Gust’s Atelier series isn’t showing any signs of slowing down; Atelier Meruru: The Apprentice of Arland is the twelfth installment. And lucky thirteen entitled Atelier Ayesha: The Alchemist of Twilight Land will be in Japanese stores next week. We probably won’t get that game until next year, but that’s okay Meruru’s adventure will keep you entertained until then.
The Story – Atelier Meruru: The Apprentice of Arland tells the story of a princess named Meruru. She wants to become an alchemist so she enlists the help of Totori (the last game’s protagonist), but to practice alchemy she must agree to help out her kingdom.
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Title: Atelier Meruru: The Apprentice of Arland
Release Date: 5/29/12[/toggle_box]
- Alchemy Rules – It’s all about the alchemy. Synthesizing items quickly becomes addictive, and if you aren’t careful you’ll waste lots of time trying to craft the perfect item. You can assign different traits to your items and better ingredients equal better items. Most of this game’s fun comes from finding new recipes, searching for ingredients, and them cooking them up in Meruru’s huge pot.
- The Clock’s Ticking – You only have a finite amount of time to carry out your goals; this means you’ll have to choose wisely when it comes to accepting quests. This adds a bit of urgency to the game’s otherwise relaxed narrative.
- Meruru & Friends – Meruru is a little goofy, but she’s likable. The same goes for the entire cast, their personalities aren’t the most unusual (once you’ve seen one tsundere you’ve seen them all), but none of them are what I’d classify as annoying.
- Development – Meruru is a princess and it’s her duty to make sure her kingdom is flourishing. You gain development points by completing tasks and once you have enough you can build new facilities in your kingdom. There’s some strategy involved, you have to constantly weight the opportunity costs of building one thing over another. Plus you have to stay popular among the townspeople, without them you’re going nowhere fast.
- All The Pretty Colors – The production values are a step above the previous game. The graphics look crisper and there are a few nice effects. It has that living anime look and a plethora of pastel colors.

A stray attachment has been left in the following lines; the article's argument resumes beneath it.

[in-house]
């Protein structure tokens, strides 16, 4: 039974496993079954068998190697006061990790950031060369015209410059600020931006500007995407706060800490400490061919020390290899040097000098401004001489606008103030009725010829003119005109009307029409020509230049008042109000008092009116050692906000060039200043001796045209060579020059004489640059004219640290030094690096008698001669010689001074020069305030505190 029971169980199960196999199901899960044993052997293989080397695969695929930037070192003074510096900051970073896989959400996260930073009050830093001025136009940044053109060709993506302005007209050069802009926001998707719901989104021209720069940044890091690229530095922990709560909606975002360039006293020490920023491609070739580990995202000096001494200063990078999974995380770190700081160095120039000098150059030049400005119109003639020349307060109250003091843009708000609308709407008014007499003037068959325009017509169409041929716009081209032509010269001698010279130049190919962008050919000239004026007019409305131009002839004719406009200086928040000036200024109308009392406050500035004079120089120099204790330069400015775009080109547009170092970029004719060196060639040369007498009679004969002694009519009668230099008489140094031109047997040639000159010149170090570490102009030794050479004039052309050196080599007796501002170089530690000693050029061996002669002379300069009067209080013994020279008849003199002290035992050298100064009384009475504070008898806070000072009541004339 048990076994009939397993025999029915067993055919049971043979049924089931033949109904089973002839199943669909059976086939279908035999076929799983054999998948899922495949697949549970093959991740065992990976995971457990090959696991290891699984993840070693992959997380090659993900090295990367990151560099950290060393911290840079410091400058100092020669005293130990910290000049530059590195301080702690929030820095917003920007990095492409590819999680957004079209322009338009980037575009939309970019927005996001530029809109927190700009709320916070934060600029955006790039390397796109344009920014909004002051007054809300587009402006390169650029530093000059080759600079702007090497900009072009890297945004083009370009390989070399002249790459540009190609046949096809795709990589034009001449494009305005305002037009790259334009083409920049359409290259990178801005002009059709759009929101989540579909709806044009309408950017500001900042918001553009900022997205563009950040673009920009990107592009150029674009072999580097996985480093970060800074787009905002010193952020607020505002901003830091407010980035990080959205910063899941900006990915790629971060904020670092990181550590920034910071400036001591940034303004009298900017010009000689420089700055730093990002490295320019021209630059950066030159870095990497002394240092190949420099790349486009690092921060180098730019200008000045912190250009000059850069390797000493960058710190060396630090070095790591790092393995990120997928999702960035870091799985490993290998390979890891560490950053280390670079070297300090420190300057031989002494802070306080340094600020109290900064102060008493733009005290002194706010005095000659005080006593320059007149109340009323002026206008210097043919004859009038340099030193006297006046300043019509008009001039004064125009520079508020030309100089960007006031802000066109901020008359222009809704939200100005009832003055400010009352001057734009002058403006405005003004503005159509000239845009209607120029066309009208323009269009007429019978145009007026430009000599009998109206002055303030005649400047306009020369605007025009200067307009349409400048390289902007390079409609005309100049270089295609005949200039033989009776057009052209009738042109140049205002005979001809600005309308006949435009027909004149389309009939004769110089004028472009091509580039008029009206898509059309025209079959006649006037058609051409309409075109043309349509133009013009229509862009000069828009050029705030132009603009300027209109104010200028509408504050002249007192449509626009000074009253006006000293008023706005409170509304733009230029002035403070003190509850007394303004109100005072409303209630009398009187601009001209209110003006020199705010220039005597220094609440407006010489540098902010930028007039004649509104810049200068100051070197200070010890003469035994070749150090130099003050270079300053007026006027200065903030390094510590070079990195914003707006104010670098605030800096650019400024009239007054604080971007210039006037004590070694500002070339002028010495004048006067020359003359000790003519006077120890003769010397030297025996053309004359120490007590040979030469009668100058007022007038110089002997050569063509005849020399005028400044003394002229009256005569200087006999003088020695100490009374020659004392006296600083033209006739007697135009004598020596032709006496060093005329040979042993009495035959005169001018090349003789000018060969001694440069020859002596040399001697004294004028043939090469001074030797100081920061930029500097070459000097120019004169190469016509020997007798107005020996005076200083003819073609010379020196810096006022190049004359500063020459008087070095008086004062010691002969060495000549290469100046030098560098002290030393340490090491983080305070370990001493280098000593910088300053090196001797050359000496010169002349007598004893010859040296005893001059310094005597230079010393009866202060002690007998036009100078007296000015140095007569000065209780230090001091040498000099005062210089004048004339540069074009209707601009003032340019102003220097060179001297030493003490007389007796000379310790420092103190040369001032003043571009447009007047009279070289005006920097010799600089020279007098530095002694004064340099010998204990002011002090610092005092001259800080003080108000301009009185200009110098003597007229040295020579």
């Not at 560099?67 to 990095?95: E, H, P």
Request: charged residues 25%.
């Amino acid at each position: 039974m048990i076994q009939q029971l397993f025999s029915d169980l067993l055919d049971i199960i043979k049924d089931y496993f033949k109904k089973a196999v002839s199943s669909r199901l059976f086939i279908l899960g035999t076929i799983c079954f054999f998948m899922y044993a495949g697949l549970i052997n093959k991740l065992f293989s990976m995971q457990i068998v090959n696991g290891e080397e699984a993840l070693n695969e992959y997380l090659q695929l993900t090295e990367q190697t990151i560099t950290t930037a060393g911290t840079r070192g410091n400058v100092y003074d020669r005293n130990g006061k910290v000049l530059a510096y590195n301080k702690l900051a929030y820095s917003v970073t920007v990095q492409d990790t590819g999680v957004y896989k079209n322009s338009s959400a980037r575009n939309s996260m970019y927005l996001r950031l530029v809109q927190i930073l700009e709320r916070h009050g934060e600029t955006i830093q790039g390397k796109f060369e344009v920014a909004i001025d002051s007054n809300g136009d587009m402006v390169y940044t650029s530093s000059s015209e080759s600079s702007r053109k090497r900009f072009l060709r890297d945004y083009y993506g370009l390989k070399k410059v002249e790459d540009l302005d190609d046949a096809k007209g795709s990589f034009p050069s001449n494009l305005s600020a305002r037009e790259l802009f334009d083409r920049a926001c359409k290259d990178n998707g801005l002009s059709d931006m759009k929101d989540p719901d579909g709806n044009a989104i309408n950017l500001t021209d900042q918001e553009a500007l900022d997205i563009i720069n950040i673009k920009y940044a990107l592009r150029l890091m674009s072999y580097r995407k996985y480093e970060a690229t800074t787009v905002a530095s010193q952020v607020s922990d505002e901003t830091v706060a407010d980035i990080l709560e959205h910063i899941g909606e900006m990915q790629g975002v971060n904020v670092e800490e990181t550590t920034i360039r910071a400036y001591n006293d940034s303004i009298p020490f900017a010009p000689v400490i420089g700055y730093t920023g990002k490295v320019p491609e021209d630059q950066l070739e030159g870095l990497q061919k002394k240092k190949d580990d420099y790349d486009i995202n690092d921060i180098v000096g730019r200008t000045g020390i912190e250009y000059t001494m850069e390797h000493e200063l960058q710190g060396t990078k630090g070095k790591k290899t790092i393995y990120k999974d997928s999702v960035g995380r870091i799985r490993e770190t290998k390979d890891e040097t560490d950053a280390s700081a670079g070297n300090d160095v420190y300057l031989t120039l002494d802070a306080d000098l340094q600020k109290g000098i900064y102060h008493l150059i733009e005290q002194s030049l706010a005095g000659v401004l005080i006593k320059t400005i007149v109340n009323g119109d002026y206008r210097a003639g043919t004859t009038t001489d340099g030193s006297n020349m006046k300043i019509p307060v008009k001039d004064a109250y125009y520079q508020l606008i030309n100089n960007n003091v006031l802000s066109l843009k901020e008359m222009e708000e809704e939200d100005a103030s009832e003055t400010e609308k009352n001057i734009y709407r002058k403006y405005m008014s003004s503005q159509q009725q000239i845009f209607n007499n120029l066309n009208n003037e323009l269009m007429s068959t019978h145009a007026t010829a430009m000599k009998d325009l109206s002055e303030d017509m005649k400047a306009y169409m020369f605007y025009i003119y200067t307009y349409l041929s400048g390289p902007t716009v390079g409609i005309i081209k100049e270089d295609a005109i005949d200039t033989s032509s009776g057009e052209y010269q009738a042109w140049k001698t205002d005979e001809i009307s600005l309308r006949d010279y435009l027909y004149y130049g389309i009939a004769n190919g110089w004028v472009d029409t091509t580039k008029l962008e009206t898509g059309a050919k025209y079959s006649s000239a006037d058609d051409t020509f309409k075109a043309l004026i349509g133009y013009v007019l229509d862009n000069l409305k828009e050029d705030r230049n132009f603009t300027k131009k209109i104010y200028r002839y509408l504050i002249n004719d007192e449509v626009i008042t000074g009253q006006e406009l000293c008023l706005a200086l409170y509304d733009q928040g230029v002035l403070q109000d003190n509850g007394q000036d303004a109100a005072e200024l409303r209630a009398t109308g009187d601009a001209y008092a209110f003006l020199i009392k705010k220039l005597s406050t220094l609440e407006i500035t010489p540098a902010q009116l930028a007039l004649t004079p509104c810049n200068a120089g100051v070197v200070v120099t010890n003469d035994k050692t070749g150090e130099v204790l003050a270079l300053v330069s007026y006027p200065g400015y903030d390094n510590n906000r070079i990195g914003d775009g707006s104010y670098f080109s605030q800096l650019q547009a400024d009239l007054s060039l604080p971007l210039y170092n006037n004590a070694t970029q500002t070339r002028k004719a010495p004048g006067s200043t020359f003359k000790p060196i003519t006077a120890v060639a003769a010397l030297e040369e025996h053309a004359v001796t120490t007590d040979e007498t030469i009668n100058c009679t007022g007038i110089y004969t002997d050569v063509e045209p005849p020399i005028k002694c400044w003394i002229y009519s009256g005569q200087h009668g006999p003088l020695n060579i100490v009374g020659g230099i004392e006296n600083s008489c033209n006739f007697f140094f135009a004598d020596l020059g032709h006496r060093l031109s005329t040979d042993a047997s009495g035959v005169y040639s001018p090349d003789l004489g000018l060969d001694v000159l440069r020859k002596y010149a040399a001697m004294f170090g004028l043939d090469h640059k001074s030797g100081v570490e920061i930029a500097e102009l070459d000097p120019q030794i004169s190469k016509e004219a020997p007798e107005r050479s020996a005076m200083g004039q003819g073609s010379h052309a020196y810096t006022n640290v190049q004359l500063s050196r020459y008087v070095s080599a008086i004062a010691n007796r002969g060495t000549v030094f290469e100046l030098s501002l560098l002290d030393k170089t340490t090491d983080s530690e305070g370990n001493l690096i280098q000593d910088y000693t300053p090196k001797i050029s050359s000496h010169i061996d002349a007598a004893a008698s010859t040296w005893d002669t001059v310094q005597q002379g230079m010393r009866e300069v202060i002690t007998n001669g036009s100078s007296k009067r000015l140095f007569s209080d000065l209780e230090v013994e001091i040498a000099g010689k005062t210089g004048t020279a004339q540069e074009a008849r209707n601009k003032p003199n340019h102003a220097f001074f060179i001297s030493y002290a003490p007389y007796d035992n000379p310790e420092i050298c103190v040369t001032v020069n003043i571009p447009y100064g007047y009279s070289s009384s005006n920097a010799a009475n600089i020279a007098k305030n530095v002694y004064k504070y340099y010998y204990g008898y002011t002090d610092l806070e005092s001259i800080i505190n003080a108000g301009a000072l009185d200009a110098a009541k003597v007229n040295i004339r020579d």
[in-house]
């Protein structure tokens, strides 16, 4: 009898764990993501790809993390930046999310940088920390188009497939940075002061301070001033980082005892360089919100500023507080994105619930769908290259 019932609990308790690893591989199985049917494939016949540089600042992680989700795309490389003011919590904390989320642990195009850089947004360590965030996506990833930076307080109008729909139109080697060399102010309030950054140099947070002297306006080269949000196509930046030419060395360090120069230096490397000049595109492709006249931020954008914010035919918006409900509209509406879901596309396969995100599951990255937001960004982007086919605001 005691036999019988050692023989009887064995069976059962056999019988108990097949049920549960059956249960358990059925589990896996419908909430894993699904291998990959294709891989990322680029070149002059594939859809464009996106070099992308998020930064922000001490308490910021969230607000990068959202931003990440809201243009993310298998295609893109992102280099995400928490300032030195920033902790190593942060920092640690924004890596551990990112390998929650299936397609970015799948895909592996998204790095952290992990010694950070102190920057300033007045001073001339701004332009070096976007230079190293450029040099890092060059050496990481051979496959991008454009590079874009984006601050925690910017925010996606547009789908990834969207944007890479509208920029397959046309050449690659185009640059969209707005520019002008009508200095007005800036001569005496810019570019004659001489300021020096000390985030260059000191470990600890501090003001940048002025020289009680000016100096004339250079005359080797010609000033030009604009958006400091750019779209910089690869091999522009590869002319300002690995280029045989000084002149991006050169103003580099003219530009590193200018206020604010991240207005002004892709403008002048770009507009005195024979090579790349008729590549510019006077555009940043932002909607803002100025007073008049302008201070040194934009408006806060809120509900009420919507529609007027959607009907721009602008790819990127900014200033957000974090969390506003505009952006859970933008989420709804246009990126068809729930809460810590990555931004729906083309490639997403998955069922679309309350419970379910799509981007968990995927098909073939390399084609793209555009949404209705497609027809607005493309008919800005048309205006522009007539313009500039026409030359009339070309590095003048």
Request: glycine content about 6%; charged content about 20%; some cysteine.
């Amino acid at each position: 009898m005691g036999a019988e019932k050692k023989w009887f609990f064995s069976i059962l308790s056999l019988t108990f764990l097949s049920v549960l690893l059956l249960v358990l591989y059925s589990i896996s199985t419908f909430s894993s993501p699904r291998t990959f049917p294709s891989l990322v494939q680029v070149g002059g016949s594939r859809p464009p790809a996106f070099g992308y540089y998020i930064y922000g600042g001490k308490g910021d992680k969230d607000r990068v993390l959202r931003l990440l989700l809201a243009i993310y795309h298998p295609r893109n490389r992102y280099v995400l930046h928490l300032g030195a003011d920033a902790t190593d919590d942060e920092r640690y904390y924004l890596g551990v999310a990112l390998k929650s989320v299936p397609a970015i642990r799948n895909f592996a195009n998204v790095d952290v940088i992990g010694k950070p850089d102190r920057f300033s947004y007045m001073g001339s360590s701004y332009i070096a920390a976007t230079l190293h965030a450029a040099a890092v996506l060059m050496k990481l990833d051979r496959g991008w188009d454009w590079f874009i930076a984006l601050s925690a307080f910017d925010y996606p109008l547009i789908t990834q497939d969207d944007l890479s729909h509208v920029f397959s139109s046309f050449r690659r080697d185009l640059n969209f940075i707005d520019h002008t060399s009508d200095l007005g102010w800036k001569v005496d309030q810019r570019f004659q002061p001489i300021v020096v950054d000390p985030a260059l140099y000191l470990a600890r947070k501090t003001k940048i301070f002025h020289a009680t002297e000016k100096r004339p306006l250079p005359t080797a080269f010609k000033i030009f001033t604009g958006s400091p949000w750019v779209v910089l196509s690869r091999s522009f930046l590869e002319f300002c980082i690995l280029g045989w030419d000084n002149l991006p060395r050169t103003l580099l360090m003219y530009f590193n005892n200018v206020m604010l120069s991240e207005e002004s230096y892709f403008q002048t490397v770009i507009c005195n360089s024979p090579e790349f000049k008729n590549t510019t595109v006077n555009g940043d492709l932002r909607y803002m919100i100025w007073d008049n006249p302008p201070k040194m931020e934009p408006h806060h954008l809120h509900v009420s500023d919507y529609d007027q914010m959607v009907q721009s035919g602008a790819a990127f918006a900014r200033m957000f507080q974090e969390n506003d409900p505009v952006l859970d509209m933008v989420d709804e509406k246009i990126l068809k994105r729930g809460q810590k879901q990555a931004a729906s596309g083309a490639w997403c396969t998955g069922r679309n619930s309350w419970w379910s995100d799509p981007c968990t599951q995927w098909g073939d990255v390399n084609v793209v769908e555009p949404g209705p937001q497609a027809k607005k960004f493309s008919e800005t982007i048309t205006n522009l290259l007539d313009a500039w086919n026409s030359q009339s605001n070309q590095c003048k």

- Previous Experience Isn’t Required – You can still enjoy this game if you haven’t played previous games in the series. There are a few cameos, but the story can stand on its own, though, if you want some background information check out the included prologue.
- Go Kill Four of XXXX – Some of the quests are a real chore, but this is natural. Find me a JRPG without fetch quests and I’ll give you a $1,000 (obvious lie, but you get the point).
- Okay Combat – The battle system has been improved since the last game (it feels more fluid), but it’s still a little on the shallow side. If you’ve ever played a turn based RPG then you know what to expect. You won’t fall asleep while fighting monsters; you’ll just want the battles to end quickly so you can go back to gathering goods. Like I said earlier — it’s all about the alchemy.
- Chatterbox – Sometimes the characters don’t know when to be quiet; a few conversations left me feeling exhausted. Meruru’s attention span isn’t as short as she thinks.
- Not For Every JRPG Fan – I don’t have any major gripes with Atelier Meruru: The Apprentice of Arland, but I realize that some will find the game underwhelming. If you crave the standard “let’s go save the world from some super-evil dudes with bad hair” JRPG then this isn’t for you. Like always, this series is targeted at a niche within a niche.
Atelier Meruru: The Apprentice of Arland is better than it’s predecessors, and thus it’s easy to recommend to everyone who played the previous games. But thanks to a story that can stand on its own, you can also pick this up if you’ve never heard of a place called Arland. The wonderfuly deep items crafting system, developing your kingdom, candy coated visuals, and the calm atmosphere will keep you coming back for more.
[box_light]We believe that the score is the least important part of a review. It’s tough trying to assign a numerical value to an experience. Furthermore, is there really a difference between a 7.5 and an 8? Gamers place too much importance on arbitrary numbers. This is why our scores are hidden by default. Only look at them if you absolutely need a number between 1-10 to see if a game is worth your time. You can read our review guidelines here. A copy of this game was provided by the publisher for review purposes.[/box_light]
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Replay Value: 8
Great – Many strive for greatness, and fail. Not this game, it looked greatness in the eye and lived to tell about it. We recommend purchasing it.[/toggle_box]